A: Right now. The coaching staff and training staff are going to do what they need to do to bring me along. I still have to get into football shape because I haven't been in a camp. I'm in shape to go out and run some gassers and 100s and all that stuff. As far as sideline to sideline, and getting off blocks and getting to the ball, I haven't done that since December. So, it's a matter of getting re-acclimated and getting in football shape. As far as getting full-go, it's up to the coaching staff. I've been told that they're not going to try and kill me in two-a-days. I know from my own personal benefit that when I'm not practicing on the field with my teammates, I'll be doing some other stuff to keep getting my knee stronger and better. Like I said, I'm not 100% right now and I need to get some more strength in my quad, but all that stuff comes. If I were to put a percentage as to where I'm at now, I'd say 90% seven weeks from the first game of the season so you can gauge from there.

Q: How many preseason games would you like to play in if you have the choice playing a new position and being with a new team?

A: I don't know. I wouldn't be playing four full preseason games anyway so I guess it comes down to how many quarters I would play. That is not for me to decide, you know. If Coach Coughlin wants to see me get some work in all four, then I'll be out there getting work in all four. One thing that has gotten me up to this point and allowing me to have played 27 straight games before my injury was hard work. I don't back down from that, and whatever the coaches want me to do. I will gauge how I feel at the same time.

Q: What did the Giants tell you about the middle linebacker position, is it yours to lose?

A: Nah, it's a competition. There are two other guys there, and I'm coming here to compete. In this league, nothing is given to you. So, one thing that I have always loved about this league is that every year you have to come prove yourself. Back in January when I started my rehab, I knew that there was going to be a greater challenge. To be honest, I didn't have to accept the challenge. I played for 10 great years in Tennessee and I just completed a six year deal and I saw every cent of it. Me and my family could have easily just rode off into the sunset and leave it at that. I still have that burning desire to come and play, and prove myself and that I'm one of the best linebackers in the league. You know, that's my challenge. To play for this organization that still has a lot to prove and can win, that's another big reason to come here.

Q: When did the Giants appear on the radar?

A: My agent called me maybe two weeks ago and said I had a workout for the Giants, and I got pretty excited. When they were on my radar, to be quite honest, last year. When Tennessee didn't sign me back at the beginning of the year, I had to eyeball some teams I would like to play for the following year because it gave me a great indication that I wasn't coming back as a Titan. When I got midway through the year, and I was having the year that I was having, and they still didn't show any indication of bringing me back or re-signing me, the big picture came about in my head. So I would say last year, but two weeks ago my agent said I had the workout. I came in, and I did what I had to do.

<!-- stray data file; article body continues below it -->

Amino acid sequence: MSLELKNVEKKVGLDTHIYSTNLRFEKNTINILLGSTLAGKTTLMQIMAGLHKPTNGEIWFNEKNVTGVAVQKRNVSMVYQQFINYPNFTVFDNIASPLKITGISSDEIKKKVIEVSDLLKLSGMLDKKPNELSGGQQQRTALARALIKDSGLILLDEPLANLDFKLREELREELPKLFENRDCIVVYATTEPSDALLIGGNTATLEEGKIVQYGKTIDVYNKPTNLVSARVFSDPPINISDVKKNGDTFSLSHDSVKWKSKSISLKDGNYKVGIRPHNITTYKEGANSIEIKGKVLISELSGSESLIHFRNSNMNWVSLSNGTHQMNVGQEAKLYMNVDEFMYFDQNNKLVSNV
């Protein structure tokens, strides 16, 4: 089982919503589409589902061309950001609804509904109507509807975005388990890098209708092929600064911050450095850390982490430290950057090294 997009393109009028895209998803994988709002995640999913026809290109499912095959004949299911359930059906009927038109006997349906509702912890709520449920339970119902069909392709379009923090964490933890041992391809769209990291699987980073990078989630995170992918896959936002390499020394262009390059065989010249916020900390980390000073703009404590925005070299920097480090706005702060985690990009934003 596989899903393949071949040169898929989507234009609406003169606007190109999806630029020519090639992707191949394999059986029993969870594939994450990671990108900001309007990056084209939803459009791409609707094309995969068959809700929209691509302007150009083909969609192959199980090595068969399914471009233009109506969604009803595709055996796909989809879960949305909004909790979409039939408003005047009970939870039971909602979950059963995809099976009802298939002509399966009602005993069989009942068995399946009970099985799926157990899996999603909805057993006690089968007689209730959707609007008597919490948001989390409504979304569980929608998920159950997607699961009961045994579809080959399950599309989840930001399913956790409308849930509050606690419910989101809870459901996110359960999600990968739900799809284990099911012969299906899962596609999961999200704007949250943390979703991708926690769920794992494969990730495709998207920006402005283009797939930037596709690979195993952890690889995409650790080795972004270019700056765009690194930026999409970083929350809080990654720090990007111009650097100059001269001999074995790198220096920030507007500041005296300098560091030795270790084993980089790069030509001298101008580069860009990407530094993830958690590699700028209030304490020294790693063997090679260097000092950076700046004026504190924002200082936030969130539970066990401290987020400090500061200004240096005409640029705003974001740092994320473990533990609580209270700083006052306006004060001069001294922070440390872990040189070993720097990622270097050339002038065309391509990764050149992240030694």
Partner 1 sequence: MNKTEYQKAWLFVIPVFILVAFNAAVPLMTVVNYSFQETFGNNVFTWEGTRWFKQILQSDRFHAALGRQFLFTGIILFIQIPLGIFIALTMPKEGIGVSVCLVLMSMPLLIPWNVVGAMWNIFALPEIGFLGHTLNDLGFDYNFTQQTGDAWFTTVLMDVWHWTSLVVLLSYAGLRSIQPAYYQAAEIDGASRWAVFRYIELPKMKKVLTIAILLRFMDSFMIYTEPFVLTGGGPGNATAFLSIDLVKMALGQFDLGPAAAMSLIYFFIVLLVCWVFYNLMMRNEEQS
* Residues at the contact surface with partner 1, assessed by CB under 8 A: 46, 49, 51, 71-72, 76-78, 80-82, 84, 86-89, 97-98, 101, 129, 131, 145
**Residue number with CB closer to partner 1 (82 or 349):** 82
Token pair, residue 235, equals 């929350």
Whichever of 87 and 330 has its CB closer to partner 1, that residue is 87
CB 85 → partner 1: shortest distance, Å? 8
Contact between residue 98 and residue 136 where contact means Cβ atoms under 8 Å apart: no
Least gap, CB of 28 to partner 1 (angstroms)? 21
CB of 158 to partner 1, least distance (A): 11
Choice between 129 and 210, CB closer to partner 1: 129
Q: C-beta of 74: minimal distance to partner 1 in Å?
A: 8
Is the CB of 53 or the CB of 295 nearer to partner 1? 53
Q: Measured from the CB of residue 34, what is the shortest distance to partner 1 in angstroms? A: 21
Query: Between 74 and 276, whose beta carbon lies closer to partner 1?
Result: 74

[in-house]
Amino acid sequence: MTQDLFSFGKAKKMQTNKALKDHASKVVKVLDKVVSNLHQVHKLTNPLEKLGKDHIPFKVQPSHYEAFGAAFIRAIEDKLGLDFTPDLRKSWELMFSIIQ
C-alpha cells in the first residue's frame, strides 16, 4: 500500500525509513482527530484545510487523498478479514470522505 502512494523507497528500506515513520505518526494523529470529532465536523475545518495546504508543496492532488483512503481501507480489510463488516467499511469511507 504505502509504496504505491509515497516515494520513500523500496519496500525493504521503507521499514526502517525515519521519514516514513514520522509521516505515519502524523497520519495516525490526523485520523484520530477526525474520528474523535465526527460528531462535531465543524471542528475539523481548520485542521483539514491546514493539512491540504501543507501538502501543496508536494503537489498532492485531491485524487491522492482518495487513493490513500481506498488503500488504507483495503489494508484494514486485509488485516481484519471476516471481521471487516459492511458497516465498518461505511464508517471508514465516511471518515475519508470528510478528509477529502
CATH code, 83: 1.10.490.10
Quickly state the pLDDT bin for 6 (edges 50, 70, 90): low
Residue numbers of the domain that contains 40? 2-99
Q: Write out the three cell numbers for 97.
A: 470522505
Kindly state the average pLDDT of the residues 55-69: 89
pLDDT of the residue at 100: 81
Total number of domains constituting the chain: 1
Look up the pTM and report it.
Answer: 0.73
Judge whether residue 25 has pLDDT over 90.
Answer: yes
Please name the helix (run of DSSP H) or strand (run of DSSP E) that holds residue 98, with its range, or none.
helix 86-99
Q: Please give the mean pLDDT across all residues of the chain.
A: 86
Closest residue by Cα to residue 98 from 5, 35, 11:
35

Q: What about calling the plays in the huddle, making the adjustments before the snap? I'm guessing you did that in Tennessee?

A: Since I've been a starter in this league, I've been the signal caller. I've been the signal caller since my sophomore year in college, and that's what I do. It might be a little unnatural for me not to do that, but if I'm the one with the ear piece, then that's fine, too. Yeah, I am very comfortable with that. That's what I do, and I have to be on the same page as the defensive coordinator. The way I was coached in Tennessee, by Dante Cunningham when I was young, he coached all the linebackers like our meeting rooms were coaching seminars. He coached us in depth and taught us to be in tune with the defensive coordinator. At the same time, the defensive coordinator isn't playing, he is making the calls so you have to anticipate certain things. The mental part of my game will come in a lot, and that will benefit this team a lot.

Q: The Giants need a defensive leader. Do you lead by example or are you a vocal leader?

A: I think I'm maybe a little bit of both. I'm not a rah rah guy. If you just look at my career and the things that I have done on the field and been able to accomplish in this game, that should tell you some things. If you talk to some people in Tennessee, that will you tell you some things. You know, I'm a natural leader. I don't need a 'C' on my chest to be a leader. The 'C' is just an indication that you're a captain. Just because you're the captain doesn't mean you are a leader. I'm here to win football games. I'm here to bring some people along with me, and maybe my mentality and attitude will rub off. I'm sure these guys' attitudes and mentalities will rub off on me. I'm a New York Giant, so I need to get acclimated to them. I'll just fit in where I fit in. I'm not coming in to change the culture or anything. I just coming here to get in where I fit in, and the guys who are here already will show me the way.

Q: Any high school coaches who showed you the way?